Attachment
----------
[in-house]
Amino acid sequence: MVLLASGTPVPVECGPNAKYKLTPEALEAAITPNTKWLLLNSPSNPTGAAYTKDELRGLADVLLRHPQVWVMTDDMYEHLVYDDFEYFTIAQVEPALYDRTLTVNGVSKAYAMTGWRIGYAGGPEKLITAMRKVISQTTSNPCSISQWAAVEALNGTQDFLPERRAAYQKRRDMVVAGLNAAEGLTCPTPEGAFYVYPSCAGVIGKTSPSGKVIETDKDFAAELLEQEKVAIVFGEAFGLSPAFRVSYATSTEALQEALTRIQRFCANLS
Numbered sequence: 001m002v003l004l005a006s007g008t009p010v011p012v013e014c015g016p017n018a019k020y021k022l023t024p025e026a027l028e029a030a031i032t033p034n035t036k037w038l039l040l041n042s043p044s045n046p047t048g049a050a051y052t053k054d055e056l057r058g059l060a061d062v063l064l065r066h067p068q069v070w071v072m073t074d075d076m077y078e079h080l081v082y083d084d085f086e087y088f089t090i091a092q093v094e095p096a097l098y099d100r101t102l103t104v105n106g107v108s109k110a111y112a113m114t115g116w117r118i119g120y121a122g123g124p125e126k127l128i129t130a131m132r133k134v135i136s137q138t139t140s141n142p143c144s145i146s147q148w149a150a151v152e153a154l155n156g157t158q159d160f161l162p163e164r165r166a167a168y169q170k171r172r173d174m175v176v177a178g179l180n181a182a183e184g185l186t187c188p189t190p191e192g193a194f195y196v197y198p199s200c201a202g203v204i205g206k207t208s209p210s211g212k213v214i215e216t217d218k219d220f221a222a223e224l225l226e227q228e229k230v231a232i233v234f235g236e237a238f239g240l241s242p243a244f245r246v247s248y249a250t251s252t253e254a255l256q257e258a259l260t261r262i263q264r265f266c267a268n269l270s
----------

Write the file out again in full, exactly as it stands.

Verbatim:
[in-house]
Amino acid sequence: MVLLASGTPVPVECGPNAKYKLTPEALEAAITPNTKWLLLNSPSNPTGAAYTKDELRGLADVLLRHPQVWVMTDDMYEHLVYDDFEYFTIAQVEPALYDRTLTVNGVSKAYAMTGWRIGYAGGPEKLITAMRKVISQTTSNPCSISQWAAVEALNGTQDFLPERRAAYQKRRDMVVAGLNAAEGLTCPTPEGAFYVYPSCAGVIGKTSPSGKVIETDKDFAAELLEQEKVAIVFGEAFGLSPAFRVSYATSTEALQEALTRIQRFCANLS
Numbered sequence: 001m002v003l004l005a006s007g008t009p010v011p012v013e014c015g016p017n018a019k020y021k022l023t024p025e026a027l028e029a030a031i032t033p034n035t036k037w038l039l040l041n042s043p044s045n046p047t048g049a050a051y052t053k054d055e056l057r058g059l060a061d062v063l064l065r066h067p068q069v070w071v072m073t074d075d076m077y078e079h080l081v082y083d084d085f086e087y088f089t090i091a092q093v094e095p096a097l098y099d100r101t102l103t104v105n106g107v108s109k110a111y112a113m114t115g116w117r118i119g120y121a122g123g124p125e126k127l128i129t130a131m132r133k134v135i136s137q138t139t140s141n142p143c144s145i146s147q148w149a150a151v152e153a154l155n156g157t158q159d160f161l162p163e164r165r166a167a168y169q170k171r172r173d174m175v176v177a178g179l180n181a182a183e184g185l186t187c188p189t190p191e192g193a194f195y196v197y198p199s200c201a202g203v204i205g206k207t208s209p210s211g212k213v214i215e216t217d218k219d220f221a222a223e224l225l226e227q228e229k230v231a232i233v234f235g236e237a238f239g240l241s242p243a244f245r246v247s248y249a250t251s252t253e254a255l256q257e258a259l260t261r262i263q264r265f266c267a268n269l270s